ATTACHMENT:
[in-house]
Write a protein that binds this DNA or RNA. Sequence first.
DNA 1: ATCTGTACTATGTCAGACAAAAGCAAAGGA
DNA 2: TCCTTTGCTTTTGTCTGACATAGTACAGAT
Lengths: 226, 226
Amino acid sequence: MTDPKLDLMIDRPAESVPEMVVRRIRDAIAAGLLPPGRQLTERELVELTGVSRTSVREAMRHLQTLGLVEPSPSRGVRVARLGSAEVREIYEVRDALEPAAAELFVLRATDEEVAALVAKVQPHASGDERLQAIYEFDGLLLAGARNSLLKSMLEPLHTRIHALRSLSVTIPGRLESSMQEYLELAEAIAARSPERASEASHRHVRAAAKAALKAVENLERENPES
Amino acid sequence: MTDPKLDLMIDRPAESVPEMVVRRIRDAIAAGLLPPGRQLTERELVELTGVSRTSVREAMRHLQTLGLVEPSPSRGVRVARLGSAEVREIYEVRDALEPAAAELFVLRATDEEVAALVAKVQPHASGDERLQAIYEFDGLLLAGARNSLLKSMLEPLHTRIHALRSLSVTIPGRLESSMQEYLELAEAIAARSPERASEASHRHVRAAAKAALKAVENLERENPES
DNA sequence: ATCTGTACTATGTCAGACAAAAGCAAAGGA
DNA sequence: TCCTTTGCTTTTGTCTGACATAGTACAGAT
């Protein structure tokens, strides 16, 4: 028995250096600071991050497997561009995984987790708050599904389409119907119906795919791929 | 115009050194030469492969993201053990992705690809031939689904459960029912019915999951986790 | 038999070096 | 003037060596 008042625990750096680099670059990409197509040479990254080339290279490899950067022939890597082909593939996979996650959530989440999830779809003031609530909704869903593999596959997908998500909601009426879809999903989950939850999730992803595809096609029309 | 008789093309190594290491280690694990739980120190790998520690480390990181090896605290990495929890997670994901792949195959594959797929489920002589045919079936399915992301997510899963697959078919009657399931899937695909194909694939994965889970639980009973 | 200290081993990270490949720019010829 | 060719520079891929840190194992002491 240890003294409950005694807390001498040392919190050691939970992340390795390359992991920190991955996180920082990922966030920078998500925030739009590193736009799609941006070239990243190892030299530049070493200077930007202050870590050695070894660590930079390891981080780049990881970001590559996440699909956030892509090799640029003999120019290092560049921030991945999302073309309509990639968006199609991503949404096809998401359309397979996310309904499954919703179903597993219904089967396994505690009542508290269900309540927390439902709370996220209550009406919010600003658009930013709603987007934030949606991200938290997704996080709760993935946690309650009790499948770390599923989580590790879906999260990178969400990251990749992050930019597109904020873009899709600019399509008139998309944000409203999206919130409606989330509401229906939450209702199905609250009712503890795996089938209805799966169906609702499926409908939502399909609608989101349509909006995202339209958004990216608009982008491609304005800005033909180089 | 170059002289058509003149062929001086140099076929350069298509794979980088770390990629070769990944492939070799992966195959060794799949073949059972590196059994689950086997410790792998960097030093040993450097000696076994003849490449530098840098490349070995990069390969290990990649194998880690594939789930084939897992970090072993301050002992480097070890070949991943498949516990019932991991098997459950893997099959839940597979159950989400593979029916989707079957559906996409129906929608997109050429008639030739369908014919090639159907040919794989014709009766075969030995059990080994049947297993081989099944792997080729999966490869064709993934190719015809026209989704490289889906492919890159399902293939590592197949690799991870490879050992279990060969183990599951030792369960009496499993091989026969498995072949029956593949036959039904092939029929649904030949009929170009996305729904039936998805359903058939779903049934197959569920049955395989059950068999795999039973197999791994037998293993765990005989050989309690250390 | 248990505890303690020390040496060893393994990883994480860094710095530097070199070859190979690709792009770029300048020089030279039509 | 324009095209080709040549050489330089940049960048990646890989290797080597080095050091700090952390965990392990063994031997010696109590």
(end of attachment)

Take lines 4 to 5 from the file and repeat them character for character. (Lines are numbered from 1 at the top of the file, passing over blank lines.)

DNA 2: TCCTTTGCTTTTGTCTGACATAGTACAGAT
Lengths: 226, 226